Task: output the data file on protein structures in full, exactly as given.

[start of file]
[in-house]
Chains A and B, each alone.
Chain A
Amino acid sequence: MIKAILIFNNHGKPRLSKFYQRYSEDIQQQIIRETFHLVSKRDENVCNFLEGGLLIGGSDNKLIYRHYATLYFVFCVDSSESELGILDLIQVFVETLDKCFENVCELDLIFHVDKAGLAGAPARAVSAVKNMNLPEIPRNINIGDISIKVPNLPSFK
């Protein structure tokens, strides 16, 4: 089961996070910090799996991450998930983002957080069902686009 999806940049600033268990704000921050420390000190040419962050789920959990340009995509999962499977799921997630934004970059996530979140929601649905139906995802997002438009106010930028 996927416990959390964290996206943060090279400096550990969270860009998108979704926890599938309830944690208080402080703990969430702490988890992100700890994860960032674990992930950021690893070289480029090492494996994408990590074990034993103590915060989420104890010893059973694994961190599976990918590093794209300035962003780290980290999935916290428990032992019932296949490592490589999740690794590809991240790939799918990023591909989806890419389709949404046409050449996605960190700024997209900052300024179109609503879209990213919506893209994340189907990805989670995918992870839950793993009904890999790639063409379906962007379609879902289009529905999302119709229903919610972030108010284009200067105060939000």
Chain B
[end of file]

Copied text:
[in-house]
Chains A and B, each alone.
Chain A
Amino acid sequence: MIKAILIFNNHGKPRLSKFYQRYSEDIQQQIIRETFHLVSKRDENVCNFLEGGLLIGGSDNKLIYRHYATLYFVFCVDSSESELGILDLIQVFVETLDKCFENVCELDLIFHVDKAGLAGAPARAVSAVKNMNLPEIPRNINIGDISIKVPNLPSFK
């Protein structure tokens, strides 16, 4: 089961996070910090799996991450998930983002957080069902686009 999806940049600033268990704000921050420390000190040419962050789920959990340009995509999962499977799921997630934004970059996530979140929601649905139906995802997002438009106010930028 996927416990959390964290996206943060090279400096550990969270860009998108979704926890599938309830944690208080402080703990969430702490988890992100700890994860960032674990992930950021690893070289480029090492494996994408990590074990034993103590915060989420104890010893059973694994961190599976990918590093794209300035962003780290980290999935916290428990032992019932296949490592490589999740690794590809991240790939799918990023591909989806890419389709949404046409050449996605960190700024997209900052300024179109609503879209990213919506893209994340189907990805989670995918992870839950793993009904890999790639063409379906962007379609879902289009529905999302119709229903919610972030108010284009200067105060939000």
Chain B